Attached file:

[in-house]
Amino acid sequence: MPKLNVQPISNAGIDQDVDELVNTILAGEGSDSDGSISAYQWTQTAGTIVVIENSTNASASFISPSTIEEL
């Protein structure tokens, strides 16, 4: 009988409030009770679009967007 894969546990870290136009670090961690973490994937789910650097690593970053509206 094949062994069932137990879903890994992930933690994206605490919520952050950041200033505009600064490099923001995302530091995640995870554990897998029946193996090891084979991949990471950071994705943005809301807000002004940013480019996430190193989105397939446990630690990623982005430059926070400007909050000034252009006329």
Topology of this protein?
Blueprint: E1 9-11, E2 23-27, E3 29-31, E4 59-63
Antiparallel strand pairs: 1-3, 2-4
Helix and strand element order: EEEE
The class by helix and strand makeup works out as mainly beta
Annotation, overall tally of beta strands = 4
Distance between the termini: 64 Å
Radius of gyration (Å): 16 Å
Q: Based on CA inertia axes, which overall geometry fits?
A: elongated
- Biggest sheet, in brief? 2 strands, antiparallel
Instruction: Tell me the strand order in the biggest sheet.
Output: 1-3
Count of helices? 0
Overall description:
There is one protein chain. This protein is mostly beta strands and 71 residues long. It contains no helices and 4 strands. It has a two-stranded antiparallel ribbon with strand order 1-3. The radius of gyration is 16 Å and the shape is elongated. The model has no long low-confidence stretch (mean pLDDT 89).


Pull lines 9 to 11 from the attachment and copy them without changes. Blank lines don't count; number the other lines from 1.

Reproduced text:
Annotation, overall tally of beta strands = 4
Distance between the termini: 64 Å
Radius of gyration (Å): 16 Å